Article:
There are so many things I like about knitting for Wool-Aid. There’s the gauge doesn’t really matter thing, the helping cold kids thing, the it’ll fit somebody thing…. Another reason I like it is whatever you knit, it is sure to please someone. I mean, I love bright hot Barbie pink, others love earth tones… But honestly, even though I know somewhere there is a child who would like this hat, to me it is just plain ugly. Pale light blue is one of my least favorite colors, maybe that’s why I dislike it so much. It was one of those yarns that looked way better in the skein than knit up.
Luckily there is Kool-Aid. To me dyeing over an already knit project is a bit risky. What if the color doesn’t uptake well in all areas? I probably wouldn’t try it on a sweater, but a hat? What’s to lose?
Just like when you dye with your yarn in a hank, you need to soak it first. I let the hat sit in a bowl of water for about and hour. Sure I could have used my sink, if it was clean…
I could have taken the hat out of the bowl and just microwaved the whole bowl with the same water. That would have been the environmentally correct thing to do. But I did not think lifting a bowl of extremely hot water from my microwave was a sound idea. So I dumped the water ( my plants were already freshly watered otherwise I guess I could have dumped it on them) and instead heated fresh water in my tea kettle. A better idea would have been to soak the hat in a pot I could heat the water in on the stove top. Live and learn.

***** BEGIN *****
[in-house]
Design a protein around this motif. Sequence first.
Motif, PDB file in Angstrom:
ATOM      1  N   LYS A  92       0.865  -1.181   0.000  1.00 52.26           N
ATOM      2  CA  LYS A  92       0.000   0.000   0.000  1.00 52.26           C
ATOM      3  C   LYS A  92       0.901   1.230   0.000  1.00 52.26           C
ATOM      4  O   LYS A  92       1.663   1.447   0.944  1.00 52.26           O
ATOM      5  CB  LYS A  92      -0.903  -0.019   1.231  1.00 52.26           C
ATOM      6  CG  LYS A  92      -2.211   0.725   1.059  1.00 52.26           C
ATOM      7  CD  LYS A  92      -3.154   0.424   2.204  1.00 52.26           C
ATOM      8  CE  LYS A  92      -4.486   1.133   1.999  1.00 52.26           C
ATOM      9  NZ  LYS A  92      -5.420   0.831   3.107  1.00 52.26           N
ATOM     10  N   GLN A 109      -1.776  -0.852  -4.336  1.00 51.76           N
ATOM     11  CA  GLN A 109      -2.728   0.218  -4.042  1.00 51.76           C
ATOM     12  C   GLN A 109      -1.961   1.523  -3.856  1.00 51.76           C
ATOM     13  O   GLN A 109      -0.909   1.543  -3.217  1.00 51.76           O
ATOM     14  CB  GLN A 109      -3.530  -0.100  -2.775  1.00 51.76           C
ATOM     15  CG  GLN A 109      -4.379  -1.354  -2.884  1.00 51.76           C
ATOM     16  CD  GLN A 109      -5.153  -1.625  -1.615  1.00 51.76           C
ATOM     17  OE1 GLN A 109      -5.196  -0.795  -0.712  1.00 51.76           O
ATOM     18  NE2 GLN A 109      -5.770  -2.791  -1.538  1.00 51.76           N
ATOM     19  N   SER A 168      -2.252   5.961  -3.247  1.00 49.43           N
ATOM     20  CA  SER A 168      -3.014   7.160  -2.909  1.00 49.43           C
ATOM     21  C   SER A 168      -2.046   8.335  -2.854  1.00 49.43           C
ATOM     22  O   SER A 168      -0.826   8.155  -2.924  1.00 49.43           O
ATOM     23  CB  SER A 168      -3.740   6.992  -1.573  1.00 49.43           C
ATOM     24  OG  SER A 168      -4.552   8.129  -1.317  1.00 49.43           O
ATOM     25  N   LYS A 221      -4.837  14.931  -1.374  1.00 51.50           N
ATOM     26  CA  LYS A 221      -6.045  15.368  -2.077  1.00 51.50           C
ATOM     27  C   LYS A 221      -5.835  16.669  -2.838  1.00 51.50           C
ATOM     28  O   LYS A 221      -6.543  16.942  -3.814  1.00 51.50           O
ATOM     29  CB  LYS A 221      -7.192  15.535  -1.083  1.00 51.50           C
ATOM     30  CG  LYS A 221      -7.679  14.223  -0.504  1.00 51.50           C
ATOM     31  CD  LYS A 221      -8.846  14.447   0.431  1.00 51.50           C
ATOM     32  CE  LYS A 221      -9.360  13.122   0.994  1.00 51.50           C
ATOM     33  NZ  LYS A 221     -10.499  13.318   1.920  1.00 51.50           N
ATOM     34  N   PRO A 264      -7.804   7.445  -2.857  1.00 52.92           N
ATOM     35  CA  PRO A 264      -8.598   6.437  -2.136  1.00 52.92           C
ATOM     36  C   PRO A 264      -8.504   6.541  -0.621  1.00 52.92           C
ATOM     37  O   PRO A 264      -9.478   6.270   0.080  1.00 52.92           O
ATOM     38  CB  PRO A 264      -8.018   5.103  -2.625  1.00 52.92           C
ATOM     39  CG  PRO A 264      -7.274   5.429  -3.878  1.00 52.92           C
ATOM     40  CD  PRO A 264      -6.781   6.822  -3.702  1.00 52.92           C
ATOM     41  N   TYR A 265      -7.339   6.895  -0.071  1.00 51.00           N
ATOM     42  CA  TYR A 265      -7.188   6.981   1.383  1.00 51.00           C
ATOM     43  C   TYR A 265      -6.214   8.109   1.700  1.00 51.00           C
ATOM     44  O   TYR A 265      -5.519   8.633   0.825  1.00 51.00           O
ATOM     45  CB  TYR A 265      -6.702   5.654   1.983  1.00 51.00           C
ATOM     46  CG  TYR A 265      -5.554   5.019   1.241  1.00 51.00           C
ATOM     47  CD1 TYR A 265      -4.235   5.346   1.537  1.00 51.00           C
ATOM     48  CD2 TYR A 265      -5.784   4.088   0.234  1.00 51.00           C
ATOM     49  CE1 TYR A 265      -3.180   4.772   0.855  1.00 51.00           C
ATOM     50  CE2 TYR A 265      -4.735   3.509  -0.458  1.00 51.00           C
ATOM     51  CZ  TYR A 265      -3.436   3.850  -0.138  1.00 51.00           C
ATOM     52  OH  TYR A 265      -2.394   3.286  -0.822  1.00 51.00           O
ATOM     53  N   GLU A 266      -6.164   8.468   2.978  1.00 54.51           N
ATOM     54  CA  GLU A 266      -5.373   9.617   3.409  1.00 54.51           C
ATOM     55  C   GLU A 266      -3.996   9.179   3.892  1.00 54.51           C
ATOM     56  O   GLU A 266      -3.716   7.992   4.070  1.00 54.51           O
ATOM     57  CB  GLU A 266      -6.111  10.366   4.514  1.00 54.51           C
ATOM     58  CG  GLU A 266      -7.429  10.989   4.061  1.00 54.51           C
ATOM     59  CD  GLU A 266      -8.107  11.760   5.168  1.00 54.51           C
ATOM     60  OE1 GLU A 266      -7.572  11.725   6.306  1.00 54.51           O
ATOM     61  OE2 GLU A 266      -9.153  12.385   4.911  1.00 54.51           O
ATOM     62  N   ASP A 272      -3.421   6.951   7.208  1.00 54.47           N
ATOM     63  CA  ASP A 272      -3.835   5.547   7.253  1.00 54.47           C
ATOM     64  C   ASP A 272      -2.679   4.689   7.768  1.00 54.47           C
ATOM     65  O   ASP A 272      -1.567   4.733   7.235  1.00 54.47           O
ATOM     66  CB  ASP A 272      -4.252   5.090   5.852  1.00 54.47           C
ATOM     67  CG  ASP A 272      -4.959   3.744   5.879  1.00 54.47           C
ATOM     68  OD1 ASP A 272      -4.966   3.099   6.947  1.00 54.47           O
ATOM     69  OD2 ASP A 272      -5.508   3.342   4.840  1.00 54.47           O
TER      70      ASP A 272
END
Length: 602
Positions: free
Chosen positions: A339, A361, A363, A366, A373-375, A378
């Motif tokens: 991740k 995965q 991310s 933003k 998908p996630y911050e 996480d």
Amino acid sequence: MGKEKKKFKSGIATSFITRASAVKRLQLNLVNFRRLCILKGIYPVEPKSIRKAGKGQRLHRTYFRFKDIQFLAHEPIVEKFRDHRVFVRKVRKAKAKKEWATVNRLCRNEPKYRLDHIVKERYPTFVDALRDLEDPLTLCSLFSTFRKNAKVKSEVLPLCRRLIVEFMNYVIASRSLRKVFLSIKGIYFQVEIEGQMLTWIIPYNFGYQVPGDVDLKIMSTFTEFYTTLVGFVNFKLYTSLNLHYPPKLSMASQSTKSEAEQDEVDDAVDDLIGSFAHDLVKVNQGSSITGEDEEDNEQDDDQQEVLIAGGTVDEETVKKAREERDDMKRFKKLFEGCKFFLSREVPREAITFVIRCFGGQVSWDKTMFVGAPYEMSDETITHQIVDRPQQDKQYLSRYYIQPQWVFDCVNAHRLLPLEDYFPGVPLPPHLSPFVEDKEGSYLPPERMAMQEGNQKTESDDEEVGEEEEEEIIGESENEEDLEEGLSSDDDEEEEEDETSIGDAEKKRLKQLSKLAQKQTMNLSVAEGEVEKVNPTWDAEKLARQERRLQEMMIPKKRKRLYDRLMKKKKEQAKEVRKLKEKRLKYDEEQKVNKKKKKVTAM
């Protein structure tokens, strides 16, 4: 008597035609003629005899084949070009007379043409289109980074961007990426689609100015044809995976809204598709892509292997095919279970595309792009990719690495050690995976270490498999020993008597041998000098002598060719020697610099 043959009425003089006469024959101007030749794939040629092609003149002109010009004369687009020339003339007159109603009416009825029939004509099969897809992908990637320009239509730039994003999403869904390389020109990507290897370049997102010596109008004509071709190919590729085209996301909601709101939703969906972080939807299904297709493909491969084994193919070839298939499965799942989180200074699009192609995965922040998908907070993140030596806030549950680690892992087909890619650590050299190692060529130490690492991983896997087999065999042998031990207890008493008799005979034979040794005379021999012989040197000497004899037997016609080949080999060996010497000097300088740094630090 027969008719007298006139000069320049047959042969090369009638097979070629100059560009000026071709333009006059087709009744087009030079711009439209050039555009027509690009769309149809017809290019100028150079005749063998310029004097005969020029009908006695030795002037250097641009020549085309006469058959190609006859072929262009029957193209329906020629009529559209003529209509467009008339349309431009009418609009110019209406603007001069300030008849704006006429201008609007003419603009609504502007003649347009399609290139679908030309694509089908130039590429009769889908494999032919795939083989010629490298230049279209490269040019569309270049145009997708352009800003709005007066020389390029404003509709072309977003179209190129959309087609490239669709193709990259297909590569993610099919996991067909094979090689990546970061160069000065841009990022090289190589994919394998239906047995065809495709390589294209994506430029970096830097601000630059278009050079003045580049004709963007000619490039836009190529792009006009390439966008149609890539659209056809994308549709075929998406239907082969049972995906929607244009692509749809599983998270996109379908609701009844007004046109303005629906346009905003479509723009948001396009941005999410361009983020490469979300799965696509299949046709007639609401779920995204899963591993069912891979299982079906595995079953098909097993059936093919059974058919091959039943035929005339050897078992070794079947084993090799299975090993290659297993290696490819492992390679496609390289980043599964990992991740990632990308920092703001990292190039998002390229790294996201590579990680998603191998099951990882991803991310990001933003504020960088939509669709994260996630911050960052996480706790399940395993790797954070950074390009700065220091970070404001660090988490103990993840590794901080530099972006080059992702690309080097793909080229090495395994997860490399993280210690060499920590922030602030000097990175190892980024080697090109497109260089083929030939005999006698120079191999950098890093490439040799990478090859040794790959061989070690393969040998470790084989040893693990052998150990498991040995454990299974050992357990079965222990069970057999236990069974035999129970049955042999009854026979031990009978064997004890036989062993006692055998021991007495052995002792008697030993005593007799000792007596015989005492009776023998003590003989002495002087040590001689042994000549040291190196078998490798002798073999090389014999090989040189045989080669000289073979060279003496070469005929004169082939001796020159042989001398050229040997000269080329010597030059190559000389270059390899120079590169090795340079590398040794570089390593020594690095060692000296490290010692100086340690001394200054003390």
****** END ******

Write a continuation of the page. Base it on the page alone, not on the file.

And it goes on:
Then I poured the almost boiling water into the bow and dissolved the 2 packets of Kool-Aid in the water. Remember to stand back a bit. The hat weighed about 70 grams, I decided on 2 packets. Once the powder was dissolved I placed the hat flat in the bowl.
An interesting thing to note about dyes, often one color exhausts before another. As you can see, the red is absorbed but the blue has not yet been absorbed. Often with Kool-Aid the absorption is so quick you can’t really see that. What red? Remember grade school? Red plus blue makes purple. For some odd reason the dye never completely exhausted. I was left with a very, very pale blue, not the cloudy white liquid that is the usual remains of Kool-Aid dyeing.
Let the hat cool in the liquid or carefully remove and let sit and drain in the sink. You don’t want to handle the hat too much now, remember temperature change plus agitation equals felting. Do not take your super hot hat and rinse it vigorously in cold water. After it has cooled then rinse and let dry.
Final product. A BIG improvement right?
This hat was part of my mother daughter Scarlet project. I started the hats with my stash, mom knit on them until the decreases and then I finished them. We knit 28 hats this year this way, all with partials/scraps from my stash! All the hats went to Wool-Aid.
Here’s a pic of them.